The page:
Chief inspector Manjit Atwal, who joined the Leicestershire police force in 1996 and rose to various roles in the east Midlands, has been named for the Queen’s Police Medal (QPM) after being nominated for being a “truly inspiring woman in policing”.
Described as a “role model”, Atwal is currently chief inspector in the city of Leicester that has a large Indian-origin population. She is also chair of the Sikh Police Association.
The QPM will be handed over to Atwal in the coming months.
During her 24-year career, the police force said she has worked in 18 areas of policing – including neighbourhood policing, youth offending, operational planning, intelligence gathering, and counterterrorism. She is also a trained hostage and crisis negotiator.
Until July 2019, Atwal spent more than two years as the Commander of the City Neighbourhood Policing Area before taking up roles working with partners to help tackle and prevent serious violent crime.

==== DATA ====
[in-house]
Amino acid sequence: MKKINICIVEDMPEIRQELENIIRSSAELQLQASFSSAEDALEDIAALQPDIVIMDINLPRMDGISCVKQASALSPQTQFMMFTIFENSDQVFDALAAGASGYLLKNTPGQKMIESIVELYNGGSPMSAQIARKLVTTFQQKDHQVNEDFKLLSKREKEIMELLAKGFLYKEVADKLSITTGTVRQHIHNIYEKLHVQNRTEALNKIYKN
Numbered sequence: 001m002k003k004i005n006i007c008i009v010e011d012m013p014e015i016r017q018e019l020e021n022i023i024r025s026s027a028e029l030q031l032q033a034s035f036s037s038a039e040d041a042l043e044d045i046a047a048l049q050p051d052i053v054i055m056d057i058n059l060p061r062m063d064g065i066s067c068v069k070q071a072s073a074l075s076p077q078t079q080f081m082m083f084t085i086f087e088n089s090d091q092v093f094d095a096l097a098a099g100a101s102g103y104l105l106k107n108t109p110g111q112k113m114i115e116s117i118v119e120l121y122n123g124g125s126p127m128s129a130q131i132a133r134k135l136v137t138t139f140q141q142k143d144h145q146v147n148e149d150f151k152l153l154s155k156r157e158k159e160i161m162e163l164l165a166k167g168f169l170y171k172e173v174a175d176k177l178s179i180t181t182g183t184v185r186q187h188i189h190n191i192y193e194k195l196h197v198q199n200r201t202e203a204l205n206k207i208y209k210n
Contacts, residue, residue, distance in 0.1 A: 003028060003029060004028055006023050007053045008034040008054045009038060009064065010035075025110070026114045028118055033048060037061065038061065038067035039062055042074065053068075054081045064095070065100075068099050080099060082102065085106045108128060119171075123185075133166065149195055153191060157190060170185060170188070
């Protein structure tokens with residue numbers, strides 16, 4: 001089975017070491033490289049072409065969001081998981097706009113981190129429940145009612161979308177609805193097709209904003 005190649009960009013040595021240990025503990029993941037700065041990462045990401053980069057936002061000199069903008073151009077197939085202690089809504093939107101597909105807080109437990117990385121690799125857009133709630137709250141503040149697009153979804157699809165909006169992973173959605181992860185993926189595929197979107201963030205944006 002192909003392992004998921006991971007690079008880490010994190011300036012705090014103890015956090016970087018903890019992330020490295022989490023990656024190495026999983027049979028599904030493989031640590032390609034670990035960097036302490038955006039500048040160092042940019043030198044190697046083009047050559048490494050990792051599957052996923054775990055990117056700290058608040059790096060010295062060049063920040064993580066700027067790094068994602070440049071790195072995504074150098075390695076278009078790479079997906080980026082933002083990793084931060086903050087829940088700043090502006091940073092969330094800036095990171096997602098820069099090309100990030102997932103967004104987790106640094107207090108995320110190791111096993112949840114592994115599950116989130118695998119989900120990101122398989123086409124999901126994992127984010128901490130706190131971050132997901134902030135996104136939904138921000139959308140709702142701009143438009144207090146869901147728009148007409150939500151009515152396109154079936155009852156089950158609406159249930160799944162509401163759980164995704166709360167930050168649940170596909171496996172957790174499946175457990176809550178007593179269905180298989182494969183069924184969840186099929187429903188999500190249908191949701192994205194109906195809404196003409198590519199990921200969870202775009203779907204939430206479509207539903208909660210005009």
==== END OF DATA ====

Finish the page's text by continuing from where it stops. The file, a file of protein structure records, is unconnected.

Atwal’s force said she has been highlighted as an “exemplary advocate for those under-represented in policing”, providing coaching to a number of officers through promotion and personal development programmes.
After being named in the royal honours list, she said, “It is such an honour and I feel truly grateful to have even been nominated, especially when I think of all the amazing people who deserve recognition for the incredible work they do.”
Atwal added, “It sounds like a cliché, but policing was something I’d always wanted to do from a young age growing up in Derbyshire. I’d seen a female Asian officer working in the city centre and I thought: ‘I’d like to do that’.”
Simon Cole, chief constable of the police force, said, “Manjit has led the way on so many policing issues and has been instrumental in working with local communities, especially through our Sikh Police Association. She really is a role model for so many colleagues across the force.”